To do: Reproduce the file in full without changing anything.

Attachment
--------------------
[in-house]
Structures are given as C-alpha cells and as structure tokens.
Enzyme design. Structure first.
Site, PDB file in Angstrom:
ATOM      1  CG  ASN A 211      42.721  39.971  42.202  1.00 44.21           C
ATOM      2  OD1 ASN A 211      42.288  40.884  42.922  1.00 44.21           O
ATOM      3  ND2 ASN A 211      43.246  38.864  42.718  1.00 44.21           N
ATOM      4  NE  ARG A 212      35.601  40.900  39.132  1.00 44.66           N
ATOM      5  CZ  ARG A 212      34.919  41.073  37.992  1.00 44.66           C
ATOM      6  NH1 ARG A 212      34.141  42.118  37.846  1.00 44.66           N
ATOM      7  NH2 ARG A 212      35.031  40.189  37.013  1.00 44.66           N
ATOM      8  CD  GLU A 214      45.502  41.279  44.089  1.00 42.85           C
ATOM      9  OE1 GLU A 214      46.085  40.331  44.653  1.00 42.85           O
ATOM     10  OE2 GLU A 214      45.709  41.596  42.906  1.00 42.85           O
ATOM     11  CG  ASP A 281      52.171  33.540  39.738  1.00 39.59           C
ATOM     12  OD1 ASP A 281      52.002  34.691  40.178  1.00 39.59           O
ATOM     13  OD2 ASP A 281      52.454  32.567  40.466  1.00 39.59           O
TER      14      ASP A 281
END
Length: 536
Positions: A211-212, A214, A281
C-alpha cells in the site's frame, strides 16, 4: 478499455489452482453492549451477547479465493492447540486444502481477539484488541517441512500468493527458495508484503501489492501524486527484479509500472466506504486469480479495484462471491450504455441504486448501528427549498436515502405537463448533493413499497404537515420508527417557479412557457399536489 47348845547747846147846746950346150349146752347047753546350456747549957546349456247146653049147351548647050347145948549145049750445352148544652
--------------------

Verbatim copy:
[in-house]
Structures are given as C-alpha cells and as structure tokens.
Enzyme design. Structure first.
Site, PDB file in Angstrom:
ATOM      1  CG  ASN A 211      42.721  39.971  42.202  1.00 44.21           C
ATOM      2  OD1 ASN A 211      42.288  40.884  42.922  1.00 44.21           O
ATOM      3  ND2 ASN A 211      43.246  38.864  42.718  1.00 44.21           N
ATOM      4  NE  ARG A 212      35.601  40.900  39.132  1.00 44.66           N
ATOM      5  CZ  ARG A 212      34.919  41.073  37.992  1.00 44.66           C
ATOM      6  NH1 ARG A 212      34.141  42.118  37.846  1.00 44.66           N
ATOM      7  NH2 ARG A 212      35.031  40.189  37.013  1.00 44.66           N
ATOM      8  CD  GLU A 214      45.502  41.279  44.089  1.00 42.85           C
ATOM      9  OE1 GLU A 214      46.085  40.331  44.653  1.00 42.85           O
ATOM     10  OE2 GLU A 214      45.709  41.596  42.906  1.00 42.85           O
ATOM     11  CG  ASP A 281      52.171  33.540  39.738  1.00 39.59           C
ATOM     12  OD1 ASP A 281      52.002  34.691  40.178  1.00 39.59           O
ATOM     13  OD2 ASP A 281      52.454  32.567  40.466  1.00 39.59           O
TER      14      ASP A 281
END
Length: 536
Positions: A211-212, A214, A281
C-alpha cells in the site's frame, strides 16, 4: 478499455489452482453492549451477547479465493492447540486444502481477539484488541517441512500468493527458495508484503501489492501524486527484479509500472466506504486469480479495484462471491450504455441504486448501528427549498436515502405537463448533493413499497404537515420508527417557479412557457399536489 47348845547747846147846746950346150349146752347047753546350456747549957546349456247146653049147351548647050347145948549145049750445352148544652